We need a third party to throw some water on this…and the only one that can is China - which seems a bit conflicted about what to do. NK used to be useful to them - the noise it made both covered China’s activities and made China seem ‘moderate’. But lately …

It’s really to our great advantage that China went the route of global capitalism rather than one of continual ‘revolution’. It’s fortunes are now tied to the fortunes of the US/Canada and Europe (and they even need Japan whether they’d ever admit that or not). No point in being the worlds #1 producer if your prime customers (and debtors) are frying in radioactive waste …

Hmm … Kim loves to run his mouth … maybe he’ll say something that can be interpreted as a threat to China ? That’d really be their excuse to move in.


#10

NK washed the US depot leaders in Egypt, Libya, Iraq, Afghanistan and is certainly threatened by the current situation. They must feel a few nuc’s the answer to their problems.

What they ignore is the retaliation would end their country and a large part of their population or perhaps they don’t care.

China would certainly be affected as well as all their neighbors.

There is no happy ending to this story.


#11

The interesting thing about this detonation is that it registered Richter scale readings were in the 6.0-6.5 range depending on the sensor stations. This puts the weapons yield around 100-kilotons or slightly more - enough to cause devastation in even a large city.

Typical US/Russian nukes are also about 100kt. Some larger devices are maintained in the inventory of course but 100kt will usually get the job done. It is said that NKs bomb is very likely a “one-stage” thermonuclear - meaning there’s an a-bomb that super-compresses a chamber/capsule of fusible elements. Some literature refers to this as a “fusion-boosted” a-bomb.

Most US/Russian devices are “two-stage” or “fission-fusion-fission”, wherein the fusion reaction is directed against an additional bar of plutonium or uranium causing a secondary highly-efficient fission reaction. A large percentage of the power, and fallout, actually comes from the secondary fission. Russia’s infamous 50-megaton ‘Tsar bomb’ was designed to be a 2-stage, but at the last minute they decided to remove the fissionable secondaries, cutting the power from 100-mt to “just” 50. This likely spared the world a very large dose of fallout.

NKs biggest a-bomb to date was about 20kt.

Clearly the “boosting” has multiplied that force by a factor of five. For reference the Hiroshima and Nagasaki a-bombs were in the 12-15kt range.

These are formidable weapons, strong enough so that pinpoint accuracy becomes less of an issue.

And now everybody has to decide what, if anything, to DO about this - preferably before NK can make a lot more of this model. Can/will China finally intervene in a meaningful way now ? Will Kim now be totally convinced he’s invulnerable and can do anything he wants ? Will SK or Japan get so nervous they’ll do something rash ? ONE of these devices landing on Tokyo or LA would cause literally millions of deaths.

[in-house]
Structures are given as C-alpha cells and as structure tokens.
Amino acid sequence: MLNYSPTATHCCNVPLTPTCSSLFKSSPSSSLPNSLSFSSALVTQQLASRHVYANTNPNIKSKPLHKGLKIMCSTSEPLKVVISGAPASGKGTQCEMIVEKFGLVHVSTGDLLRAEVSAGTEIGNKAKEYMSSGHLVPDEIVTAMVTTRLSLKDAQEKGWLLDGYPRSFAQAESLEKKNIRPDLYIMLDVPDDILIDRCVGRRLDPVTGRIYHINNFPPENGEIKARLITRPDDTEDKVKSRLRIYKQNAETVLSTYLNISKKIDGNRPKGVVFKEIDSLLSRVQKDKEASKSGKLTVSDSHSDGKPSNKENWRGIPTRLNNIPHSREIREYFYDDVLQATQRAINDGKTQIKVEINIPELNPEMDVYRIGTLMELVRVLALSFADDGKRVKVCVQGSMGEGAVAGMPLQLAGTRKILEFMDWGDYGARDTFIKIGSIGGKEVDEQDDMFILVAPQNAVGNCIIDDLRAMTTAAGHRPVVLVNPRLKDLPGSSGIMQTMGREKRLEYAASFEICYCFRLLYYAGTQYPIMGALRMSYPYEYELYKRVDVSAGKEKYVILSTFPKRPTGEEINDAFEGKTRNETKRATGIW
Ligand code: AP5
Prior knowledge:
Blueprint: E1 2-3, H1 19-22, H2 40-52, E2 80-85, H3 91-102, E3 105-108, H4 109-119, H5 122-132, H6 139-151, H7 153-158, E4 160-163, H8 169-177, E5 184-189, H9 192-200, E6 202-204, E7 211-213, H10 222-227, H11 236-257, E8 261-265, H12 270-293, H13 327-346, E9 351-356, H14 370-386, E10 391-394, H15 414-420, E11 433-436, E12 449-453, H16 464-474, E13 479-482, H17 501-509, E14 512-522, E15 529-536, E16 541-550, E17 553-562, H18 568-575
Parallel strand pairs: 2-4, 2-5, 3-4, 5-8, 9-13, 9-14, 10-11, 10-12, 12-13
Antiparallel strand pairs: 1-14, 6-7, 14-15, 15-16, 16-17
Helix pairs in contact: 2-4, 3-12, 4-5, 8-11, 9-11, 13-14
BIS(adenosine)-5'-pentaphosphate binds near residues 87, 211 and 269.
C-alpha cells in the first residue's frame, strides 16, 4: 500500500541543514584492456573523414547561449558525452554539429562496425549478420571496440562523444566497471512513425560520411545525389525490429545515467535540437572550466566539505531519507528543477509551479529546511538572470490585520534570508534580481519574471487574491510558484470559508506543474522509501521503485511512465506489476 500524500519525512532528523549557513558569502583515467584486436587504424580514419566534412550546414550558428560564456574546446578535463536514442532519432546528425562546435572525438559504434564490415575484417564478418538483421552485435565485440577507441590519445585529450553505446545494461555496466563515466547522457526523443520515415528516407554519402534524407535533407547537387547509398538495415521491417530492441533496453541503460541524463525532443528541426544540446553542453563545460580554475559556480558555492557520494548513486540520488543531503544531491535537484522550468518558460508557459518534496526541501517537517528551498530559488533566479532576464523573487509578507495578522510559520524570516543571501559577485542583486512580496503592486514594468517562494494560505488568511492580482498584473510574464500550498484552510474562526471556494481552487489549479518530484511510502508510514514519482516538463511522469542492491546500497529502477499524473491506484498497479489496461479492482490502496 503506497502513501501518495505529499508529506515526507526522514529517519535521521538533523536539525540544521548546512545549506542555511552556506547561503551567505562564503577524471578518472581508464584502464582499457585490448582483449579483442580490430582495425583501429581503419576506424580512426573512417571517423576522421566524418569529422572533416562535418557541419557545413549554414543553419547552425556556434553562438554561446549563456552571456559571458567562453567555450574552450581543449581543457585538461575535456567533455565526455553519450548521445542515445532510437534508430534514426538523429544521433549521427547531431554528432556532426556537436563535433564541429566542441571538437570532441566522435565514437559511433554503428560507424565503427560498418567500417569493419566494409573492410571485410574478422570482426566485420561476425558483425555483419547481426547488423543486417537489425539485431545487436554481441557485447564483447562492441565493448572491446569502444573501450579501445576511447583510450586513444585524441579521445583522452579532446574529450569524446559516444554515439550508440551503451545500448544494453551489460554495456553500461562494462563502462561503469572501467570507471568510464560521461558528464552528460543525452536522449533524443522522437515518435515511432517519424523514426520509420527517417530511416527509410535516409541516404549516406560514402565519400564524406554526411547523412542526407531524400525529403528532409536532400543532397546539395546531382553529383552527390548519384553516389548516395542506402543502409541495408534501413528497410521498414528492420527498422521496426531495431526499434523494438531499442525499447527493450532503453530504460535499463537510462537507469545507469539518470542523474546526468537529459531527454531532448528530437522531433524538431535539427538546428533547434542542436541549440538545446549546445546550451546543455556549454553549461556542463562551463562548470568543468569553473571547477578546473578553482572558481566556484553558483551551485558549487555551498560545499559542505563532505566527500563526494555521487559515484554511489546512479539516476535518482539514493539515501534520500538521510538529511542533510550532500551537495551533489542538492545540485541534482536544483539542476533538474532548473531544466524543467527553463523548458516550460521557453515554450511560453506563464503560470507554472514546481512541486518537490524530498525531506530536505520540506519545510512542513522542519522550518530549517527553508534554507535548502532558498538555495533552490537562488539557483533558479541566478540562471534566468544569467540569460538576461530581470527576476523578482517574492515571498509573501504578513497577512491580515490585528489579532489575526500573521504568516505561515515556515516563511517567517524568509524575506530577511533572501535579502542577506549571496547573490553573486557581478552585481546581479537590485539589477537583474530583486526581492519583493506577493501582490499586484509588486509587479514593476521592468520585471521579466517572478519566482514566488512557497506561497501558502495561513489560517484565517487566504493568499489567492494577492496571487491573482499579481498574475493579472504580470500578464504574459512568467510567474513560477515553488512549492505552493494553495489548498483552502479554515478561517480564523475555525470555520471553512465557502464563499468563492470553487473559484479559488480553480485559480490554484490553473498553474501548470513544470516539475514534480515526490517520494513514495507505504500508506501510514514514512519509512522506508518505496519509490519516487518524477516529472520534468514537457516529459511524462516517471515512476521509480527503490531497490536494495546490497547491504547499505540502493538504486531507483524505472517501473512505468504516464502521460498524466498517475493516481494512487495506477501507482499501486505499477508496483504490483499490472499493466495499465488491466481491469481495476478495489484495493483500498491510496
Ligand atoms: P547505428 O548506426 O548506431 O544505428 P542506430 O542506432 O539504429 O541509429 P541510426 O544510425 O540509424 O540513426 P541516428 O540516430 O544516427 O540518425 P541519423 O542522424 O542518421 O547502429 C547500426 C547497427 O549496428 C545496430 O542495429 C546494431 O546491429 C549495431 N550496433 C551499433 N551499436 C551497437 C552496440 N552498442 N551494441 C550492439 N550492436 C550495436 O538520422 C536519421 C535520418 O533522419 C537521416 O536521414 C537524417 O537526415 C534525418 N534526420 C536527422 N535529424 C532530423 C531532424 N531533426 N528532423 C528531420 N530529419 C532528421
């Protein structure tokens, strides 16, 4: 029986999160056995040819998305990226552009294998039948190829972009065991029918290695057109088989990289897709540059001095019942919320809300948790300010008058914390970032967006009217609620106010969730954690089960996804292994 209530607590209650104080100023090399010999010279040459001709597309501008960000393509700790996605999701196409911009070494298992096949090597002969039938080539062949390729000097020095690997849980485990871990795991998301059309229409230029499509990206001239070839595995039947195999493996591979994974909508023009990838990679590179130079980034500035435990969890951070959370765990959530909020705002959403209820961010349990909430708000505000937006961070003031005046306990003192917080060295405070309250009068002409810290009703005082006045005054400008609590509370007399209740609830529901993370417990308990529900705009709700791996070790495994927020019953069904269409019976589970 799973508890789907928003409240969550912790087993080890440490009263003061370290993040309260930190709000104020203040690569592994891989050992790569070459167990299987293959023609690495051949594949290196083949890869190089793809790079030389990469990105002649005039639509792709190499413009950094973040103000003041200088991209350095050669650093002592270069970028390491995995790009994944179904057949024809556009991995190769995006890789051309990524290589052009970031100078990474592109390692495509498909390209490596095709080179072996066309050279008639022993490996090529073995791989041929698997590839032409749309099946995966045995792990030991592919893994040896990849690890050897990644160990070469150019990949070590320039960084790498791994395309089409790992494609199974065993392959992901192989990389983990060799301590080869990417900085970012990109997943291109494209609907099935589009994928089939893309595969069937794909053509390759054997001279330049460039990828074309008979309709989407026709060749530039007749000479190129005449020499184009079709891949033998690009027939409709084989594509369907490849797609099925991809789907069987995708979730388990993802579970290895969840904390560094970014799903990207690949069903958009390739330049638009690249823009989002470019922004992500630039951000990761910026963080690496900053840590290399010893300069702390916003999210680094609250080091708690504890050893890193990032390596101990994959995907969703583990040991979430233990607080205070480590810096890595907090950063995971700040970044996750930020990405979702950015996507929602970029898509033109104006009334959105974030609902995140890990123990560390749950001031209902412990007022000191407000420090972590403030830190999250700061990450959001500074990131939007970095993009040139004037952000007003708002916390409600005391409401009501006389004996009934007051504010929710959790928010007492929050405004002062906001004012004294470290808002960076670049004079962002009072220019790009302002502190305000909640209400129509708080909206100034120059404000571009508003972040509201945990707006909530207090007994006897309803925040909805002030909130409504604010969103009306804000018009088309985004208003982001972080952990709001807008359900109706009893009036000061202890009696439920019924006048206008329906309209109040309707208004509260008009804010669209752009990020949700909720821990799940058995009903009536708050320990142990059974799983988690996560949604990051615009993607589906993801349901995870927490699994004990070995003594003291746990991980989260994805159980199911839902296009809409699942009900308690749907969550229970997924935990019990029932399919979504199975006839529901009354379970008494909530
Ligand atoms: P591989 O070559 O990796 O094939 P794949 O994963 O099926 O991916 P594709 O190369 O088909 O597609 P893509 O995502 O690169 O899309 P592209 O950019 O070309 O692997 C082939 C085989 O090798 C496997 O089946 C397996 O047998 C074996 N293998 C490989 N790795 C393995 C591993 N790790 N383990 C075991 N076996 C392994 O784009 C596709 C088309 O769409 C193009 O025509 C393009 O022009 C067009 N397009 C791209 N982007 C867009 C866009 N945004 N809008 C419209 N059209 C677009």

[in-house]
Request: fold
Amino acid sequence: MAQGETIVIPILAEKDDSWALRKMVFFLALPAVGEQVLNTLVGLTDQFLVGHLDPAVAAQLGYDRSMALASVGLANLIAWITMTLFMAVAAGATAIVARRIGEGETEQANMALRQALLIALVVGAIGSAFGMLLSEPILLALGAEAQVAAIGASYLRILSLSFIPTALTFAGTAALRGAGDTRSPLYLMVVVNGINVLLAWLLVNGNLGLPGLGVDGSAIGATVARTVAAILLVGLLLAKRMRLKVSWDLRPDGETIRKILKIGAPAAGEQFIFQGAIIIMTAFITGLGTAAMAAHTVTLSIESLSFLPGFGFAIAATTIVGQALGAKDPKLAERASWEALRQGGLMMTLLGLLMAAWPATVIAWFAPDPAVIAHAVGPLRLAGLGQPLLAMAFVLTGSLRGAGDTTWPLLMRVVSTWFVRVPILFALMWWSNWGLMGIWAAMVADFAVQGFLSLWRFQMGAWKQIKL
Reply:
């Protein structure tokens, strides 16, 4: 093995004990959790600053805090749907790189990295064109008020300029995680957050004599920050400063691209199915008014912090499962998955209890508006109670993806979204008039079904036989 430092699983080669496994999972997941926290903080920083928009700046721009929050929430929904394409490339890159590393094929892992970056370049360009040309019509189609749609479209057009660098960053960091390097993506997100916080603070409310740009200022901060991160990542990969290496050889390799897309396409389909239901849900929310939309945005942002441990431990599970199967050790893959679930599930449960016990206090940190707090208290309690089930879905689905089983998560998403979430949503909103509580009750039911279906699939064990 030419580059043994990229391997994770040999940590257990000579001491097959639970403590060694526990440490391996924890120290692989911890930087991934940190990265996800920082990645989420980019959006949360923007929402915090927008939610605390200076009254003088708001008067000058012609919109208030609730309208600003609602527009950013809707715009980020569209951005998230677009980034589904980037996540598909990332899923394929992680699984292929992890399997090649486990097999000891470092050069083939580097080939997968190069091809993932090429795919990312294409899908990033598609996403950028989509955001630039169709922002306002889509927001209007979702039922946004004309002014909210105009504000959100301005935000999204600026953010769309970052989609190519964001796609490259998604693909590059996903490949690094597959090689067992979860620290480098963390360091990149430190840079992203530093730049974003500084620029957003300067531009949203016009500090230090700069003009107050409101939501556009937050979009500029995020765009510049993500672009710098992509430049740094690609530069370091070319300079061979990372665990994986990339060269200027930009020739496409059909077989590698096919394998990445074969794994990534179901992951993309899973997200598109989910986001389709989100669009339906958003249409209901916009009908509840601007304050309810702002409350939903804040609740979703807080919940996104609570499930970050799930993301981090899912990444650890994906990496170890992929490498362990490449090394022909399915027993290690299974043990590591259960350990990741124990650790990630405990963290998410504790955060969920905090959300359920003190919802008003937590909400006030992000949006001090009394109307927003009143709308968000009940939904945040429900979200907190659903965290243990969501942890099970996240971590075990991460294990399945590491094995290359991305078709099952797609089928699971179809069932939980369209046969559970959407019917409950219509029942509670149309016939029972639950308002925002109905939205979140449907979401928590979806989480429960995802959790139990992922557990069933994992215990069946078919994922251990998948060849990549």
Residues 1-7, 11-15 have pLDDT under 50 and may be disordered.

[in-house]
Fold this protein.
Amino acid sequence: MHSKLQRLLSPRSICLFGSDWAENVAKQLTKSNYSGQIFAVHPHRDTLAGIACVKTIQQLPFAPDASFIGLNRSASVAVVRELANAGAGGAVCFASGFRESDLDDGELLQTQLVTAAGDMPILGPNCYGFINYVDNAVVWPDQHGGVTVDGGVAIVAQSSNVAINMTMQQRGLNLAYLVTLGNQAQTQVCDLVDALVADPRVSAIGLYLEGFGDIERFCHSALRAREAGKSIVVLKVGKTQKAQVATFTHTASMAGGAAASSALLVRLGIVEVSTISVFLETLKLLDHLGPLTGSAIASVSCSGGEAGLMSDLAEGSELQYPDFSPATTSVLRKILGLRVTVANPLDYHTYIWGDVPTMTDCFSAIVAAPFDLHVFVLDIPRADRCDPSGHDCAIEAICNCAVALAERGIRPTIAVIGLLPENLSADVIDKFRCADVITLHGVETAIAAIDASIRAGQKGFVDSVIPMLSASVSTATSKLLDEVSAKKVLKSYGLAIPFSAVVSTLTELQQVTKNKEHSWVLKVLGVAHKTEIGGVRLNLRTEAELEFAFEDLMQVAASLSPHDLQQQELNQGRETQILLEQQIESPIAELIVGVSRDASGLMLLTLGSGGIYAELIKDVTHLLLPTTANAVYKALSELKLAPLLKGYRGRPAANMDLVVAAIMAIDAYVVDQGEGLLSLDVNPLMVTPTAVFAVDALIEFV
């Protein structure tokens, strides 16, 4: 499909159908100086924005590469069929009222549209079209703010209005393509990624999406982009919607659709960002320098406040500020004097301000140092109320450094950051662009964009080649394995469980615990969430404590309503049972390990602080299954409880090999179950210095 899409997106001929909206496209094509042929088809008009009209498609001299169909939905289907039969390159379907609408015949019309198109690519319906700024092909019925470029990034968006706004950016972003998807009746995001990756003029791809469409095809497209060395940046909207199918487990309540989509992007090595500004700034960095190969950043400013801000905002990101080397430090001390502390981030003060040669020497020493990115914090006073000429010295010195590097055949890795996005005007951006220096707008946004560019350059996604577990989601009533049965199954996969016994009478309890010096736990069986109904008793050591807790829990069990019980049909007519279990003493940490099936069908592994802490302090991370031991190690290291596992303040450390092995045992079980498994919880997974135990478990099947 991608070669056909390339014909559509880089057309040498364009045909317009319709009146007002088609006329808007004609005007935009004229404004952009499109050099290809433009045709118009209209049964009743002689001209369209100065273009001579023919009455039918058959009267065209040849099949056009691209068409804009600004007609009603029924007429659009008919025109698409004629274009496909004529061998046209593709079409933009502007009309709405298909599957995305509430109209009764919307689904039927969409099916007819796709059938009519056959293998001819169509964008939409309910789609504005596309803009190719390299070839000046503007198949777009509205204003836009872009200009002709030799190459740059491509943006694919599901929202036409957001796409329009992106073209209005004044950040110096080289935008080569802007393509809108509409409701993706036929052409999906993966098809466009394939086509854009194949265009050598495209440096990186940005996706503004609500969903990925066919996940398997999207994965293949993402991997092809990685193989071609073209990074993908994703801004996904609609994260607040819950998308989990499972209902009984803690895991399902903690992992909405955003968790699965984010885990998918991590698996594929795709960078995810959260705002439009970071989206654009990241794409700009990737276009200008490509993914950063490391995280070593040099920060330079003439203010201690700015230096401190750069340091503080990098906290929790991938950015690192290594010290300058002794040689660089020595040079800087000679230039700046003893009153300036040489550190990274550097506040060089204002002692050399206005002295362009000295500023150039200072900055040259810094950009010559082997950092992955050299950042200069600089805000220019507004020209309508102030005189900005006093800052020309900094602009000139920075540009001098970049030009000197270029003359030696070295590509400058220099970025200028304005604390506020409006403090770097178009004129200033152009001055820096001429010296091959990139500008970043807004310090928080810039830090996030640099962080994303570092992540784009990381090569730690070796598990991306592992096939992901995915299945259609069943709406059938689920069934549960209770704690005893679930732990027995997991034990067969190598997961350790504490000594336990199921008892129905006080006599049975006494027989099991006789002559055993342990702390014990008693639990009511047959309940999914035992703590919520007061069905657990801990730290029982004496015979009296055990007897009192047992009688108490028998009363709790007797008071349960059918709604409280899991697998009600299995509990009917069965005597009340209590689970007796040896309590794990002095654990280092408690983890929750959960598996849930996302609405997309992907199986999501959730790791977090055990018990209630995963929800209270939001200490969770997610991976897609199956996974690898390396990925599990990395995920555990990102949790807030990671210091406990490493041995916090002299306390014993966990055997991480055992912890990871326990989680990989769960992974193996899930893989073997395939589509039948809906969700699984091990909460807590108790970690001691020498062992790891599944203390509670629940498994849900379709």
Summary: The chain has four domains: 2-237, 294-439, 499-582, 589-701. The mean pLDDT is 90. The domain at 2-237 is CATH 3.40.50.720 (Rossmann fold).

Oh …and NK has very cleverly dispersed its weapons-production facilities and almost all of its tactical missiles are on mobile carriers. This means there are no fer-sure targets to strike in the event the US/SK/JP wanted to launch some kind of preemptive action. They can hit us, but we can’t hit them well enough to prevent further attacks.


#12

A few well placed nucs in NK would eliminate the need for cannot host the as there would be little to hit.

Perhaps this is yet another ploy to hold the US hostage and demand money in exchange for playing nice as has ben our past history.

And the reality, can thy even hit the US? Testing is not doing.

The Pentagon successfully shot down an intercontinental ballistic missile using its own upgraded long-range interceptor missile on Tuesday in what was widely seen as a test of US ability to counter a North Korean missile launch.
The Missile Defense Agency launched a ground-based interceptor from Vandenberg Air Force Base in California to intercept a US-launched mock ICBM target over the Pacific Ocean, according to a US defense official.
The test ICBM, which flew thousands of miles per hour, was destroyed “thousands of miles off the coast” of the US mainland, with the intercept taking place northeast of Hawaii, the director of the Missile Defense Agency, Vice Adm. Jim Syring, told reporters at the Pentagon via a Wednesday phone call.

https://www.mda.mil/system/system.html


#13

North Korea has made speedy advances in its nuclear weapons program, but the rogue nation probably can’t yet reach U.S. cities with nuclear-tipped missiles, analysts say.

North Korea conducted a test Sunday of its most powerful nuclear bomb to date, triggering a fresh wave of concern about the country and its unstable leader Kim Jong Un.

It was North Korea’s sixth nuclear test, and Pyongyang claimed it detonated a hydrogen bomb, although that has not been confirmed by other nations.

Targeting a U.S. city requires a long-range missile that can carry a hefty nuclear payload and then survive re-entry into Earth’s atmosphere.

“It’s too early to conclude” that North Korea can effectively target mainland U.S. cities with significant nuclear weapons, said David Albright, an analyst at the Institute for Science and International Security. “There’s a lot of uncertainty.”